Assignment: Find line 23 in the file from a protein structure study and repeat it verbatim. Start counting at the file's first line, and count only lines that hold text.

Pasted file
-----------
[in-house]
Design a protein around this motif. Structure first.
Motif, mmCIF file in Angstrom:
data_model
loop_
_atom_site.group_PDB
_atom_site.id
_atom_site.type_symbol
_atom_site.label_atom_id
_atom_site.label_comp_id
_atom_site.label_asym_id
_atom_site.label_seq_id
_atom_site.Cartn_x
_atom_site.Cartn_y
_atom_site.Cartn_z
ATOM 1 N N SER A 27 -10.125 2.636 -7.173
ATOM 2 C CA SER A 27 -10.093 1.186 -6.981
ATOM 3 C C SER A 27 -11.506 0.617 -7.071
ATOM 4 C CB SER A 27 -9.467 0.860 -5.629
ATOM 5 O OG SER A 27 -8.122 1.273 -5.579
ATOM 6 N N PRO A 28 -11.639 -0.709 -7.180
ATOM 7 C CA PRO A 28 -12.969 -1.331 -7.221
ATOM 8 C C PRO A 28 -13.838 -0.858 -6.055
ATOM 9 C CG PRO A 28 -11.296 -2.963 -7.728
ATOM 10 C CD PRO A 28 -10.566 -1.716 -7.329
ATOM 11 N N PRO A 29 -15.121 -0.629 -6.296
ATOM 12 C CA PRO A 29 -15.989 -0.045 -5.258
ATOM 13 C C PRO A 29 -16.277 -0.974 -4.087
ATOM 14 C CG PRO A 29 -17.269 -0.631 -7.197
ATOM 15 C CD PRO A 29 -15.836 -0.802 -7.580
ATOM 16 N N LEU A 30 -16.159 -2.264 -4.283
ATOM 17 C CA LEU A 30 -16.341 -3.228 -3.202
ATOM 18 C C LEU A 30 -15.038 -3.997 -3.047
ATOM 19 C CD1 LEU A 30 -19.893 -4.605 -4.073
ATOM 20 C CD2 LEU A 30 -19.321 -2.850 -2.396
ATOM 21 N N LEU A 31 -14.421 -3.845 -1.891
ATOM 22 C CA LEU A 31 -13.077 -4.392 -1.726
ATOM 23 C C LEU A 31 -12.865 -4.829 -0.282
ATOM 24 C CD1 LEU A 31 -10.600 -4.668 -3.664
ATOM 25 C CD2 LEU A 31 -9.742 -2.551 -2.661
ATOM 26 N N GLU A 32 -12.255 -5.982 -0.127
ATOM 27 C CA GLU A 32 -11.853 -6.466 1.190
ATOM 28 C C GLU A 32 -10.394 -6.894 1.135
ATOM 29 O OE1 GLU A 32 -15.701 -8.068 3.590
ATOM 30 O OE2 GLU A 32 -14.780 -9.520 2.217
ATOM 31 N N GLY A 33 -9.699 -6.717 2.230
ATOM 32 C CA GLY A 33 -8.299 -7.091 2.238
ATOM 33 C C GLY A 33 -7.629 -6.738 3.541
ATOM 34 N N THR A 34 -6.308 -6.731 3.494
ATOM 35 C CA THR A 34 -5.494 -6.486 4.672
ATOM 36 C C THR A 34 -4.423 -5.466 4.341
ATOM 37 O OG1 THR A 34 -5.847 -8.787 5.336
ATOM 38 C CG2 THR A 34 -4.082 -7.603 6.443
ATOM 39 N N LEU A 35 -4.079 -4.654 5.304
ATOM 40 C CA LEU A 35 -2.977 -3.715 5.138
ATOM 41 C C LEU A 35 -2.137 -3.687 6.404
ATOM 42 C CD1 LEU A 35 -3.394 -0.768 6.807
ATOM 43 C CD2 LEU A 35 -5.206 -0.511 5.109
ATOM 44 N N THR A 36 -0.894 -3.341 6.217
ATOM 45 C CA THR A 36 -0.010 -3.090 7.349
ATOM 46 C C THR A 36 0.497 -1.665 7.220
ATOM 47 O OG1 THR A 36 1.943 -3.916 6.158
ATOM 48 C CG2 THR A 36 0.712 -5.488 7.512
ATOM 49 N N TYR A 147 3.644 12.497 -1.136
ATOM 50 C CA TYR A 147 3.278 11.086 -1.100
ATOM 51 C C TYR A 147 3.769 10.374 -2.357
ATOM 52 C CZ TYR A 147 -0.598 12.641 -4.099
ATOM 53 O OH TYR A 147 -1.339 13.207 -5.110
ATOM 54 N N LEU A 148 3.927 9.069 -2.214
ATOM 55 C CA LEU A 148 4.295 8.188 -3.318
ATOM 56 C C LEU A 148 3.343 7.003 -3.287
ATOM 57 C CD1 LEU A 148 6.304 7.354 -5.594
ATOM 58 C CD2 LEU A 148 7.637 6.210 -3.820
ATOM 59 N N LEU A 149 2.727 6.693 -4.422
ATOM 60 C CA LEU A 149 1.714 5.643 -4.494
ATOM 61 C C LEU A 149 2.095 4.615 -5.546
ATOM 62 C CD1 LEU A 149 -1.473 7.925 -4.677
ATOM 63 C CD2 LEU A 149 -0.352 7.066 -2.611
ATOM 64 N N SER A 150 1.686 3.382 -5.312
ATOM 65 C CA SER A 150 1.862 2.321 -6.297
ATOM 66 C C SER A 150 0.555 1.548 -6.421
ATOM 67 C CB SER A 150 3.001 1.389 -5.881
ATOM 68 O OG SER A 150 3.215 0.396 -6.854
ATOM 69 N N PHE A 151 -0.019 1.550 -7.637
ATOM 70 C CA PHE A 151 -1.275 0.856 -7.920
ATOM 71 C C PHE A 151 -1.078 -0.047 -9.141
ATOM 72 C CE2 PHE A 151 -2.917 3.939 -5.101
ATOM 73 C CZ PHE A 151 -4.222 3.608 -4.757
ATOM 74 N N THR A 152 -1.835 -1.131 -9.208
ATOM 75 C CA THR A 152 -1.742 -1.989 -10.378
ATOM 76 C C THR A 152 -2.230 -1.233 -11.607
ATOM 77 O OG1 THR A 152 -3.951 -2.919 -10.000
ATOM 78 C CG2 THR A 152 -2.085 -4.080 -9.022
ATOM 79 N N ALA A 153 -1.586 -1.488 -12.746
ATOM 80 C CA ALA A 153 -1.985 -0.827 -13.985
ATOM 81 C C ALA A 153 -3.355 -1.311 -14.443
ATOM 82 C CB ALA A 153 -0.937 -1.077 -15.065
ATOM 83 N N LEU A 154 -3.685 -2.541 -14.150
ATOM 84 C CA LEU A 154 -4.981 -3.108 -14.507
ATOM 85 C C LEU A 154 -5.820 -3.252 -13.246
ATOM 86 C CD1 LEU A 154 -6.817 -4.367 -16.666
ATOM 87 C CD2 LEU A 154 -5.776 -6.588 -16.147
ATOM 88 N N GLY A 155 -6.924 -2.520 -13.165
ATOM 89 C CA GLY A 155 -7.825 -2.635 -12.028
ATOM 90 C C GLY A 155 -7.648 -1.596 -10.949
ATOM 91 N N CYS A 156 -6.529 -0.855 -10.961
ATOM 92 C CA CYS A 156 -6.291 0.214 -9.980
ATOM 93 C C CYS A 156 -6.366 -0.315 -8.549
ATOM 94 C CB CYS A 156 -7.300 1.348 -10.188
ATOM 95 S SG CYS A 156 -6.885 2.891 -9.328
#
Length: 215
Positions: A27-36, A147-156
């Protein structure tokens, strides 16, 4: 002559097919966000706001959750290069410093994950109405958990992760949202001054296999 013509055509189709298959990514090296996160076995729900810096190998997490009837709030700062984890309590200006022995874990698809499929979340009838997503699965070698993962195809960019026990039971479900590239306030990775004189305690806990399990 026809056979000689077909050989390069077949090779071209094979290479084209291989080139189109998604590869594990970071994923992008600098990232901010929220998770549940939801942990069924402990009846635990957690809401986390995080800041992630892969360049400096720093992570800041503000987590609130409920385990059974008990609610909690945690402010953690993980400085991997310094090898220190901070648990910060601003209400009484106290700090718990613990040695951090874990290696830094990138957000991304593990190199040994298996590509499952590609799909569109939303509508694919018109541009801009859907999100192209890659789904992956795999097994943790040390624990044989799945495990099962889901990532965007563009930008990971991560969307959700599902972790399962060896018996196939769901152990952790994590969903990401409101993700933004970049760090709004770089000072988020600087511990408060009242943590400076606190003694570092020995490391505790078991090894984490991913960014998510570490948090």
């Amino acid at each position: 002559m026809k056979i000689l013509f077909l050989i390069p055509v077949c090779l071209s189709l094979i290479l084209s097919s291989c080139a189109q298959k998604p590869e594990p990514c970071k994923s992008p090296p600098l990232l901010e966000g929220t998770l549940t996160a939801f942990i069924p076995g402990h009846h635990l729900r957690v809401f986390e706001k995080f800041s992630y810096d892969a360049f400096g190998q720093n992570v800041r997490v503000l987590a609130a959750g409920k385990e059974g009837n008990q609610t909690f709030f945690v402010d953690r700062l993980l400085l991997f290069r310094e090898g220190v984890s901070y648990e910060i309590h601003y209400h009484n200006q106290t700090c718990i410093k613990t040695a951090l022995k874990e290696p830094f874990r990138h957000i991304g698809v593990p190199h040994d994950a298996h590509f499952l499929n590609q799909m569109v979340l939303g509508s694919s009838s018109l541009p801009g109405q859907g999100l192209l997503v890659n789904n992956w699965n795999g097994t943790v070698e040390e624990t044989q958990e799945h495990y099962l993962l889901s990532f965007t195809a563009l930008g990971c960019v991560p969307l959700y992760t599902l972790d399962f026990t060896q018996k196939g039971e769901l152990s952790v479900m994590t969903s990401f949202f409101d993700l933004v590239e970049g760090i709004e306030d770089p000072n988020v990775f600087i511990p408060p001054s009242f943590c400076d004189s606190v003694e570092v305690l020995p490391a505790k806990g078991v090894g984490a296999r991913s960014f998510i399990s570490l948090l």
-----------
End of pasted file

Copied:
ATOM 8 C C PRO A 28 -13.838 -0.858 -6.055